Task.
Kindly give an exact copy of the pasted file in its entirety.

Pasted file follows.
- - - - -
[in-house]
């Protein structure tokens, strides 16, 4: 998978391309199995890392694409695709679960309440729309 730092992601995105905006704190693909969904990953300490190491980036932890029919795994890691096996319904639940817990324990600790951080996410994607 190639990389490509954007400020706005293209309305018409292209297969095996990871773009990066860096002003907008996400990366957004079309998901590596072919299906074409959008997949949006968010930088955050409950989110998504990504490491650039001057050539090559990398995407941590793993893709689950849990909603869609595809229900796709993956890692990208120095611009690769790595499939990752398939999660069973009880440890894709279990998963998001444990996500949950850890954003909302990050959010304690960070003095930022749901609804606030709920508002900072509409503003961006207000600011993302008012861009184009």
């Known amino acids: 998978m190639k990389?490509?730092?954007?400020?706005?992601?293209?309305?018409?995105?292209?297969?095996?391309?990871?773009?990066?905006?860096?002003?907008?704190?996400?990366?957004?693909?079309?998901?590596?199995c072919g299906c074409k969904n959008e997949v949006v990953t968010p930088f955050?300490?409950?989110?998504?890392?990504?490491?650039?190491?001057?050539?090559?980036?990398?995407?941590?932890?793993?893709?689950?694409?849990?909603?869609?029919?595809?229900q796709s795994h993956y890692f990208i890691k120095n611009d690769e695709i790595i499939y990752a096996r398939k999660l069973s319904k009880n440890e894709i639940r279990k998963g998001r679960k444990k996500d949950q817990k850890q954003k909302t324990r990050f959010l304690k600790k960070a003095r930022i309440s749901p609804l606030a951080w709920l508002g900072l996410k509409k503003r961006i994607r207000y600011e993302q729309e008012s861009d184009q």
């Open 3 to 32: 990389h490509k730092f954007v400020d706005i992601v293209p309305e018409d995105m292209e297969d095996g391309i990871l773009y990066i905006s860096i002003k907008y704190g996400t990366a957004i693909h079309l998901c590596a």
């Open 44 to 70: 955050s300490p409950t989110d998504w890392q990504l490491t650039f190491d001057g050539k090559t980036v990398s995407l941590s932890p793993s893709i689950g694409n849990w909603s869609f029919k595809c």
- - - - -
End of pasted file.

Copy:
[in-house]
């Protein structure tokens, strides 16, 4: 998978391309199995890392694409695709679960309440729309 730092992601995105905006704190693909969904990953300490190491980036932890029919795994890691096996319904639940817990324990600790951080996410994607 190639990389490509954007400020706005293209309305018409292209297969095996990871773009990066860096002003907008996400990366957004079309998901590596072919299906074409959008997949949006968010930088955050409950989110998504990504490491650039001057050539090559990398995407941590793993893709689950849990909603869609595809229900796709993956890692990208120095611009690769790595499939990752398939999660069973009880440890894709279990998963998001444990996500949950850890954003909302990050959010304690960070003095930022749901609804606030709920508002900072509409503003961006207000600011993302008012861009184009």
């Known amino acids: 998978m190639k990389?490509?730092?954007?400020?706005?992601?293209?309305?018409?995105?292209?297969?095996?391309?990871?773009?990066?905006?860096?002003?907008?704190?996400?990366?957004?693909?079309?998901?590596?199995c072919g299906c074409k969904n959008e997949v949006v990953t968010p930088f955050?300490?409950?989110?998504?890392?990504?490491?650039?190491?001057?050539?090559?980036?990398?995407?941590?932890?793993?893709?689950?694409?849990?909603?869609?029919?595809?229900q796709s795994h993956y890692f990208i890691k120095n611009d690769e695709i790595i499939y990752a096996r398939k999660l069973s319904k009880n440890e894709i639940r279990k998963g998001r679960k444990k996500d949950q817990k850890q954003k909302t324990r990050f959010l304690k600790k960070a003095r930022i309440s749901p609804l606030a951080w709920l508002g900072l996410k509409k503003r961006i994607r207000y600011e993302q729309e008012s861009d184009q």
């Open 3 to 32: 990389h490509k730092f954007v400020d706005i992601v293209p309305e018409d995105m292209e297969d095996g391309i990871l773009y990066i905006s860096i002003k907008y704190g996400t990366a957004i693909h079309l998901c590596a």
């Open 44 to 70: 955050s300490p409950t989110d998504w890392q990504l490491t650039f190491d001057g050539k090559t980036v990398s995407l941590s932890p793993s893709i689950g694409n849990w909603s869609f029919k595809c």